The Empirical Analysis of Non-problematic Video Gaming and Cognitive Skills: A Systematic Review

Filip M. Nuyens, Daria J. Kuss, Olatz Lopez-Fernandez, Mark D. Griffiths

Research output: Contribution to journalArticleResearchpeer-review

48 Citations (Scopus)


Videogames have become one of the most popular leisure activities worldwide, including multiple game genres with different characteristics and levels of involvement required. Although a small minority of excessive players suffer detrimental consequences including impairment of several cognitive skills (e.g., inhibition, decision-making), it has also been demonstrated that playing videogames can improve different cognitive skills. Therefore, the current paper systematically reviewed the empirical studies experimentally investigating the positive impact of videogames on cognitive skills. Following a number of inclusion and exclusion criteria, a total of 32 papers were identified as empirically investigating three specific skills: taskswitching (eight studies), attentional control (22 studies), and sub-second time perception (two studies). Results demonstrated that compared to control groups, non-problematic use of videogames can lead to improved task-switching, more effective top-down attentional control and processing speed and increased sub-second time perception. Two studies highlighted the impact of gaming on cognitive skills differs depends upon game genre. The studies reviewed suggest that videogame play can have a positive impact on cognitive processes for players.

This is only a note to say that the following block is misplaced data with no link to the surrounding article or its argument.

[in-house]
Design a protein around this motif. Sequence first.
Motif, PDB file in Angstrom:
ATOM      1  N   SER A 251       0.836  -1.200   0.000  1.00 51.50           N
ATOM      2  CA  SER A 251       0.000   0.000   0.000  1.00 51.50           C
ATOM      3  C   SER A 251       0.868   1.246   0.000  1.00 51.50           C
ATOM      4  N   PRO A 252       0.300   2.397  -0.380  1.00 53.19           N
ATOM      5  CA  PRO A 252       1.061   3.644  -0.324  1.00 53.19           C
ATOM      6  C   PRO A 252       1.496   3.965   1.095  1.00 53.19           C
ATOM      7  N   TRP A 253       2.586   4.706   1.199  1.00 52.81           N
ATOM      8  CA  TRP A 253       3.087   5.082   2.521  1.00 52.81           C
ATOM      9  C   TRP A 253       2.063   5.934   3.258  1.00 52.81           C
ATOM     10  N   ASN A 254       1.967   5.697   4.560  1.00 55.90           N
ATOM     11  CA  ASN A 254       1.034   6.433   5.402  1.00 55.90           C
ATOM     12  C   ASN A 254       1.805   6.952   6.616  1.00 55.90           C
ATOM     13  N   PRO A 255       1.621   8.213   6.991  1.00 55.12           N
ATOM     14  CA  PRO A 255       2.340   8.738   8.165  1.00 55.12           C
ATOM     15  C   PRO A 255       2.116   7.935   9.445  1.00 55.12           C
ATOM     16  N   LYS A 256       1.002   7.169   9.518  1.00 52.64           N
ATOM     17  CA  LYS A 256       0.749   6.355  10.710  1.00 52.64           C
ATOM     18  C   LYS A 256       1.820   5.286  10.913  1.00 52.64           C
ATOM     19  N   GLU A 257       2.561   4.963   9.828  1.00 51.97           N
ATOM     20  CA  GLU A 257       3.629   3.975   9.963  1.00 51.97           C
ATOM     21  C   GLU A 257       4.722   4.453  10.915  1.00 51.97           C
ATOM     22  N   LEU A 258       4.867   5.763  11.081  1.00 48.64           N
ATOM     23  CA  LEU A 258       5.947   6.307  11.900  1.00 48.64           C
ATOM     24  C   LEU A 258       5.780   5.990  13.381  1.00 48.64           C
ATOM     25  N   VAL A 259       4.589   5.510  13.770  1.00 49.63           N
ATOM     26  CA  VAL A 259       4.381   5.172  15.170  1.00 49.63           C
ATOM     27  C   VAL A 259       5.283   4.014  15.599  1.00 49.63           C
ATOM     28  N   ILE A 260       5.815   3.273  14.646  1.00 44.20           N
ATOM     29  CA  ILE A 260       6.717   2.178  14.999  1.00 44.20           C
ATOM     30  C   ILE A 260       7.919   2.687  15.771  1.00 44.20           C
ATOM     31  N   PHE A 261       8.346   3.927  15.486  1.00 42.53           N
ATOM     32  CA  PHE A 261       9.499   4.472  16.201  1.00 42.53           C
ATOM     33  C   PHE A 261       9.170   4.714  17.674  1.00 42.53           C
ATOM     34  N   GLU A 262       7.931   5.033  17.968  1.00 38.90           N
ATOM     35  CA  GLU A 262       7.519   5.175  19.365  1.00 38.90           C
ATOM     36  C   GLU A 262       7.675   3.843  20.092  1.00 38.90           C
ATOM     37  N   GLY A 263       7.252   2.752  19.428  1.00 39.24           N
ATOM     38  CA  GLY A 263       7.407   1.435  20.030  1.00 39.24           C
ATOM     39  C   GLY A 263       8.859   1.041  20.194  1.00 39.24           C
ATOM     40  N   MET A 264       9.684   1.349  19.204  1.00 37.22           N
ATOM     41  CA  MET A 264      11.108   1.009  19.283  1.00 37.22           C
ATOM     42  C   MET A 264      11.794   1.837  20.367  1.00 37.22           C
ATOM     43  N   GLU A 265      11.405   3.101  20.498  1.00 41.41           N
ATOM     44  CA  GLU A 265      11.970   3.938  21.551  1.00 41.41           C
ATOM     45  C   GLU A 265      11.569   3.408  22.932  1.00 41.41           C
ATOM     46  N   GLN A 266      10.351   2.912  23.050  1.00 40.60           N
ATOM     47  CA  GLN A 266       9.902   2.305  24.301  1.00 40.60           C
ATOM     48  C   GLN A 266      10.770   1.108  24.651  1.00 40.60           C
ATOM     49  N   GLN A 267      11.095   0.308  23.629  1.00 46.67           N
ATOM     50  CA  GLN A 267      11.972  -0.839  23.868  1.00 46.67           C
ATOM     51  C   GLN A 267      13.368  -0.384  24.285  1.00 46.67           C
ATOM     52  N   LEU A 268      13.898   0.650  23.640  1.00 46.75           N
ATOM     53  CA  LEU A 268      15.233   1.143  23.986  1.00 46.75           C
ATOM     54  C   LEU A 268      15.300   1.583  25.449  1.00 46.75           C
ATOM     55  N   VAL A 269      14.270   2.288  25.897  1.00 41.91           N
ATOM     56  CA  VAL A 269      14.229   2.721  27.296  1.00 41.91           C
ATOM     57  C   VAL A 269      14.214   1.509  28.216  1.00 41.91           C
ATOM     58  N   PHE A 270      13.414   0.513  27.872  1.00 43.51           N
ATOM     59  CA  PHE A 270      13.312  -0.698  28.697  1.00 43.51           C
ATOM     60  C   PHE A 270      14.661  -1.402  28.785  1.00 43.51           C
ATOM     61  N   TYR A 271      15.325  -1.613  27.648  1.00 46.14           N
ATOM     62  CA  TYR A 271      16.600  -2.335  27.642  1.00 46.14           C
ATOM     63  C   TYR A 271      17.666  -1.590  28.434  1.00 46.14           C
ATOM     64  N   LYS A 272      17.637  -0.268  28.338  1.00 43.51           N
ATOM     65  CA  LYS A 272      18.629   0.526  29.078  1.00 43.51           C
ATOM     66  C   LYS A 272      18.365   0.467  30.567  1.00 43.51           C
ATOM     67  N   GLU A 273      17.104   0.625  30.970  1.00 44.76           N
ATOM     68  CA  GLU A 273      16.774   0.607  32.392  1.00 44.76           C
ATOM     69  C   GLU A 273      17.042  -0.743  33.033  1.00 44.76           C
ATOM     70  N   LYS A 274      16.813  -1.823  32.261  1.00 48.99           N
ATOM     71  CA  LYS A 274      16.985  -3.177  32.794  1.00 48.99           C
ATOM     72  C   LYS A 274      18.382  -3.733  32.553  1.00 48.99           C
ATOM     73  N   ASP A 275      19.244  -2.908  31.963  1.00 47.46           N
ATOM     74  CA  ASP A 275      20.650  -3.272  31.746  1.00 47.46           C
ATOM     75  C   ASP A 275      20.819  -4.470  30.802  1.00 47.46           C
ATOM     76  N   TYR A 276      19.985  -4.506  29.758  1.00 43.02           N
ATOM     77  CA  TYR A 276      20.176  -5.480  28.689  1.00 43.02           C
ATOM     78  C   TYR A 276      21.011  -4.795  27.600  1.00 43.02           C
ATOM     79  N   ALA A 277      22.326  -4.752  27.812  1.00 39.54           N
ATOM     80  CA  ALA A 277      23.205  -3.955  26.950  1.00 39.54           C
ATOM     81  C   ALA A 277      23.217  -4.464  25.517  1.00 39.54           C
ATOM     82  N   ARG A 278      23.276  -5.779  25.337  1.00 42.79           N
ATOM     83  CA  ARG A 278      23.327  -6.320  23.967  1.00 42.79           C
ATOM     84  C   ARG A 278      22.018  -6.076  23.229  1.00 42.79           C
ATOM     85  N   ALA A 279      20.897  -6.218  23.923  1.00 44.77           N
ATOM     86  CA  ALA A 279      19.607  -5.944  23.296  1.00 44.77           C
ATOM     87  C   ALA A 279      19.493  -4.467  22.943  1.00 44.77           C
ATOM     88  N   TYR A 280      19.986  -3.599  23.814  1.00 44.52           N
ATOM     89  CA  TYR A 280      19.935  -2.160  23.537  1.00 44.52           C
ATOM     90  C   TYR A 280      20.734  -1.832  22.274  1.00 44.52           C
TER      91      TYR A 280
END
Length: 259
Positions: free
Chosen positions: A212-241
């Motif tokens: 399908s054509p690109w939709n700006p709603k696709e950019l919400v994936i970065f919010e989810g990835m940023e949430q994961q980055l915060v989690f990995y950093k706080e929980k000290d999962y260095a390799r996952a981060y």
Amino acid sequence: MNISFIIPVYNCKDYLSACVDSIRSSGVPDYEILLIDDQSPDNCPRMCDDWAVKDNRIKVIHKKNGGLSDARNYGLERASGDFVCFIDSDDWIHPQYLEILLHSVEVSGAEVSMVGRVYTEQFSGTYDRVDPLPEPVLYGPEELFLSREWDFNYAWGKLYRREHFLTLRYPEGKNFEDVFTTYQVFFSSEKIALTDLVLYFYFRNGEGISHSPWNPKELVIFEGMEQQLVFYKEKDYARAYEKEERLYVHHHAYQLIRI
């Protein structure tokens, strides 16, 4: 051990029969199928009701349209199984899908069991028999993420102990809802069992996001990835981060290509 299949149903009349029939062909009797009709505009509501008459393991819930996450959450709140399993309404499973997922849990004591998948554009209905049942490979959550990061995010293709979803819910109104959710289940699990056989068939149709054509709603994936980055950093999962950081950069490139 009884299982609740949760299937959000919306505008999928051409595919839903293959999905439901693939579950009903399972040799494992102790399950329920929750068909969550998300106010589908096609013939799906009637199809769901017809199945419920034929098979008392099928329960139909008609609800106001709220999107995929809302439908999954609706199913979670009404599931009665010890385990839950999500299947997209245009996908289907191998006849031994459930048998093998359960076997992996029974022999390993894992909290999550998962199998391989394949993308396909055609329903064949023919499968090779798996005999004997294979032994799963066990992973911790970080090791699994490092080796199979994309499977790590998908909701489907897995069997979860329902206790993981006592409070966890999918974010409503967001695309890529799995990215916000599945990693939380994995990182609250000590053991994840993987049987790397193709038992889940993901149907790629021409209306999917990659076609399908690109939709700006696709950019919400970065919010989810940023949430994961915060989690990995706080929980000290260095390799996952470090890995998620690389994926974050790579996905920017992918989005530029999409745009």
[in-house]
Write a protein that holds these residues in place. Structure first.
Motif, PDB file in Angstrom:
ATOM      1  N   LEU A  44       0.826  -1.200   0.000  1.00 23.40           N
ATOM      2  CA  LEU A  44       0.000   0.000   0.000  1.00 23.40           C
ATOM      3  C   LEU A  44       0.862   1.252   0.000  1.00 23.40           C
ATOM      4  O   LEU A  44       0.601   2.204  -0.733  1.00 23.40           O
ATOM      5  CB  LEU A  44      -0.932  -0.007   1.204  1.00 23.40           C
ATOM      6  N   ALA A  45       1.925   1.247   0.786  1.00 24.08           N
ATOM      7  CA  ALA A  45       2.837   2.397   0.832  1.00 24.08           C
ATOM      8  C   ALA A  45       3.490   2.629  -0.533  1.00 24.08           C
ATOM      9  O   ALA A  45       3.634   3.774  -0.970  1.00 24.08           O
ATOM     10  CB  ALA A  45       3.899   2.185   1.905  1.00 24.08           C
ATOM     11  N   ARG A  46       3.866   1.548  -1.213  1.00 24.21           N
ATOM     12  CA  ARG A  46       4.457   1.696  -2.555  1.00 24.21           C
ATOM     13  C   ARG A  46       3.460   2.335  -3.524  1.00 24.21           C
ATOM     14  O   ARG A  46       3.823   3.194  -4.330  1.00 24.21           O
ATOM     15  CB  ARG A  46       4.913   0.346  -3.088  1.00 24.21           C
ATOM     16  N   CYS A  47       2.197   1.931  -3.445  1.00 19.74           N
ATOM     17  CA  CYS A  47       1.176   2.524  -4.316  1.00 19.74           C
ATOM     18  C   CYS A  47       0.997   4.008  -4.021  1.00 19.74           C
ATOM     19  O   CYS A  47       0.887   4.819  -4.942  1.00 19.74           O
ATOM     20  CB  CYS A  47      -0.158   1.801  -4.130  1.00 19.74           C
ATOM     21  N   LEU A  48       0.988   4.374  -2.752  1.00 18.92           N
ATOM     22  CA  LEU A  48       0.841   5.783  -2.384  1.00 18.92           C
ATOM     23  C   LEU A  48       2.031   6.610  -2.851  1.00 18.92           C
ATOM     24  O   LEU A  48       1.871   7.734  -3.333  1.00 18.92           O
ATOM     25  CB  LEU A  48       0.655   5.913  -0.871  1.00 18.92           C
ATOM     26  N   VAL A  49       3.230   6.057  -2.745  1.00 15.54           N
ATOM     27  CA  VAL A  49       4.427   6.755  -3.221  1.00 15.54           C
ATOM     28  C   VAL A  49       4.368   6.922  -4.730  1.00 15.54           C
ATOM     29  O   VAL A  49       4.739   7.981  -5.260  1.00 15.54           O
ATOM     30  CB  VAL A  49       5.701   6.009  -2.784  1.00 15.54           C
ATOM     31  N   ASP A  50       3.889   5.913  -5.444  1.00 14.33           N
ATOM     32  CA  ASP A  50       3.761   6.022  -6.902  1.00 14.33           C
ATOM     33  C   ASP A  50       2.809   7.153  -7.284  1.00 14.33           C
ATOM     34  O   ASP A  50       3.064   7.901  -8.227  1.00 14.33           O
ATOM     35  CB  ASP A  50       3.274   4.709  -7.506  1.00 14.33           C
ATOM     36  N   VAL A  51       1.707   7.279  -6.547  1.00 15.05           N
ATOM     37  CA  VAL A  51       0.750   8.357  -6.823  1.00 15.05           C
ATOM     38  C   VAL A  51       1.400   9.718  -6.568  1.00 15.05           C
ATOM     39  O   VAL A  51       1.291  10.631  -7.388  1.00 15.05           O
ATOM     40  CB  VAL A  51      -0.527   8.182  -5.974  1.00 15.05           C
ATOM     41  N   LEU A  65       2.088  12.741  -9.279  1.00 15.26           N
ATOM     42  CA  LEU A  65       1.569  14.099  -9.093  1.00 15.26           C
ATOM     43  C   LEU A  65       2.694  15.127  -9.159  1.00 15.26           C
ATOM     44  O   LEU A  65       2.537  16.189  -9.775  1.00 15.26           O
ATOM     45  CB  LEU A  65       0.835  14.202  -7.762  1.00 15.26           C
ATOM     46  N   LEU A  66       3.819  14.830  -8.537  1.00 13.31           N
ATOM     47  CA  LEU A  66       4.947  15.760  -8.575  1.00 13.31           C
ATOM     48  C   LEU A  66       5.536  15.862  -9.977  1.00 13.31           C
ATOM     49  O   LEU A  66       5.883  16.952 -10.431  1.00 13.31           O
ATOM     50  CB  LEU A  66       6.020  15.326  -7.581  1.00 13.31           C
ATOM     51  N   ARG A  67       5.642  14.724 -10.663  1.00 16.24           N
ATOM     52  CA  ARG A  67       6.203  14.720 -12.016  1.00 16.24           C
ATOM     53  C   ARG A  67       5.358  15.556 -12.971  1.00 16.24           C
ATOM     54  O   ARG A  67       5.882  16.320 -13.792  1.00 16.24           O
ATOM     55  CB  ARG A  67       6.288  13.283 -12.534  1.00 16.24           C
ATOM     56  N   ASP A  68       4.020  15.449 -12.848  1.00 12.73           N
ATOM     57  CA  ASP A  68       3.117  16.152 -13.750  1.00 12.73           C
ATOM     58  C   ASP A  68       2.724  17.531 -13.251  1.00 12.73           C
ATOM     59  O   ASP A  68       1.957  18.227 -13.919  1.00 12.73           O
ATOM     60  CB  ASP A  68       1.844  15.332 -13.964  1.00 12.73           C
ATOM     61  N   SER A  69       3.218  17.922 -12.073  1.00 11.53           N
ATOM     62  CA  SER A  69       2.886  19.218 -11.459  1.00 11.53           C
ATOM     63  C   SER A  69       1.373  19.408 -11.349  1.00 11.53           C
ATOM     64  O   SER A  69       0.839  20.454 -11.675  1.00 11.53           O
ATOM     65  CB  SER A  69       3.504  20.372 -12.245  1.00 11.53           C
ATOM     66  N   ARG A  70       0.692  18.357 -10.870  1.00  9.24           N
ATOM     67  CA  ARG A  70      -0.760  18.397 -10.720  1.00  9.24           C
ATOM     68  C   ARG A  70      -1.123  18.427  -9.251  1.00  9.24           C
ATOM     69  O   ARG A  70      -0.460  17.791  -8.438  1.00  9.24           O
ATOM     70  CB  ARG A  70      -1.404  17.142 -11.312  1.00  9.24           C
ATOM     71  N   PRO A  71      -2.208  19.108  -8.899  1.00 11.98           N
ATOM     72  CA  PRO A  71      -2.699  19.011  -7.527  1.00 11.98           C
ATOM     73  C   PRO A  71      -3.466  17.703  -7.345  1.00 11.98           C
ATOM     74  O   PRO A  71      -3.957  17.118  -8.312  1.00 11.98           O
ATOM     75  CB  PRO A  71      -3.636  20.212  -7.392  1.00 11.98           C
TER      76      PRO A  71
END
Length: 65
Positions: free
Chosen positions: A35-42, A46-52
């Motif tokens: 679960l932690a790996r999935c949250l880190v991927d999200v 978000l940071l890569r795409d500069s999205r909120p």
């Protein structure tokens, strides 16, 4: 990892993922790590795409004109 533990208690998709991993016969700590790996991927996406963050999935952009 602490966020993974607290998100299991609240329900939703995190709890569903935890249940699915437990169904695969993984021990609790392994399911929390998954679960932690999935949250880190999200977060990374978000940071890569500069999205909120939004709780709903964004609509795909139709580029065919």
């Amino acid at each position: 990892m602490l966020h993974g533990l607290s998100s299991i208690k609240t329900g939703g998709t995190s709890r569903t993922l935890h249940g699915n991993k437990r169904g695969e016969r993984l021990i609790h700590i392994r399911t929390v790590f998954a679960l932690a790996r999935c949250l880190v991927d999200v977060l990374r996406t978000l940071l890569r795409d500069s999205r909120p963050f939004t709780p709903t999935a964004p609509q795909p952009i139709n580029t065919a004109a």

Original languageEnglish
Pages (from-to)389-414
Number of pages26
JournalInternational Journal of Mental Health and Addiction
Issue number2
Publication statusPublished - Apr 2019
Externally publishedYes


  • Attention
  • Cognitive skills
  • Task-switching
  • Time perception
  • Video games

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